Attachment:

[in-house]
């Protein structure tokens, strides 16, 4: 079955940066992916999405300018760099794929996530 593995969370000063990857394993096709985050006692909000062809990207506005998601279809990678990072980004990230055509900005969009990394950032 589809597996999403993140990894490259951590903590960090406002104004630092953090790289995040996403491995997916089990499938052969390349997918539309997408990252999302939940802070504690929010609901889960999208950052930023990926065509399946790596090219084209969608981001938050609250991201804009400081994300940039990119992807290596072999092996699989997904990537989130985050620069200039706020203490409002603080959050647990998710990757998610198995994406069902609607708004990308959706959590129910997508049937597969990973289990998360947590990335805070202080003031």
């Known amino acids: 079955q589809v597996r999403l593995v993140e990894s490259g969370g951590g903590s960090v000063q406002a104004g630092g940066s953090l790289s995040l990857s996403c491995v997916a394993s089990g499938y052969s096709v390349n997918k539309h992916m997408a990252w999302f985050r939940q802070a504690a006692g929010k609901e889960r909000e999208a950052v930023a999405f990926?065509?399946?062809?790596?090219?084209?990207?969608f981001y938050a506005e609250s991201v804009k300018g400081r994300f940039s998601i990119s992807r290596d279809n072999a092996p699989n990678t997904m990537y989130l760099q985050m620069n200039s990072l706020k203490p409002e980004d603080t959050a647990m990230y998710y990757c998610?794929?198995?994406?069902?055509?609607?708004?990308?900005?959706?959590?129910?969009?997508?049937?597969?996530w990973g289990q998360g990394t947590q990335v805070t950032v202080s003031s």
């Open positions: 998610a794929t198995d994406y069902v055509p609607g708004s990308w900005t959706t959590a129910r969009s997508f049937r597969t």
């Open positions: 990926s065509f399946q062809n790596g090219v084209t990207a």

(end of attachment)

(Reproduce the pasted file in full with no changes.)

[in-house]
């Protein structure tokens, strides 16, 4: 079955940066992916999405300018760099794929996530 593995969370000063990857394993096709985050006692909000062809990207506005998601279809990678990072980004990230055509900005969009990394950032 589809597996999403993140990894490259951590903590960090406002104004630092953090790289995040996403491995997916089990499938052969390349997918539309997408990252999302939940802070504690929010609901889960999208950052930023990926065509399946790596090219084209969608981001938050609250991201804009400081994300940039990119992807290596072999092996699989997904990537989130985050620069200039706020203490409002603080959050647990998710990757998610198995994406069902609607708004990308959706959590129910997508049937597969990973289990998360947590990335805070202080003031």
């Known amino acids: 079955q589809v597996r999403l593995v993140e990894s490259g969370g951590g903590s960090v000063q406002a104004g630092g940066s953090l790289s995040l990857s996403c491995v997916a394993s089990g499938y052969s096709v390349n997918k539309h992916m997408a990252w999302f985050r939940q802070a504690a006692g929010k609901e889960r909000e999208a950052v930023a999405f990926?065509?399946?062809?790596?090219?084209?990207?969608f981001y938050a506005e609250s991201v804009k300018g400081r994300f940039s998601i990119s992807r290596d279809n072999a092996p699989n990678t997904m990537y989130l760099q985050m620069n200039s990072l706020k203490p409002e980004d603080t959050a647990m990230y998710y990757c998610?794929?198995?994406?069902?055509?609607?708004?990308?900005?959706?959590?129910?969009?997508?049937?597969?996530w990973g289990q998360g990394t947590q990335v805070t950032v202080s003031s």
């Open positions: 998610a794929t198995d994406y069902v055509p609607g708004s990308w900005t959706t959590a129910r969009s997508f049937r597969t």
């Open positions: 990926s065509f399946q062809n790596g090219v084209t990207a």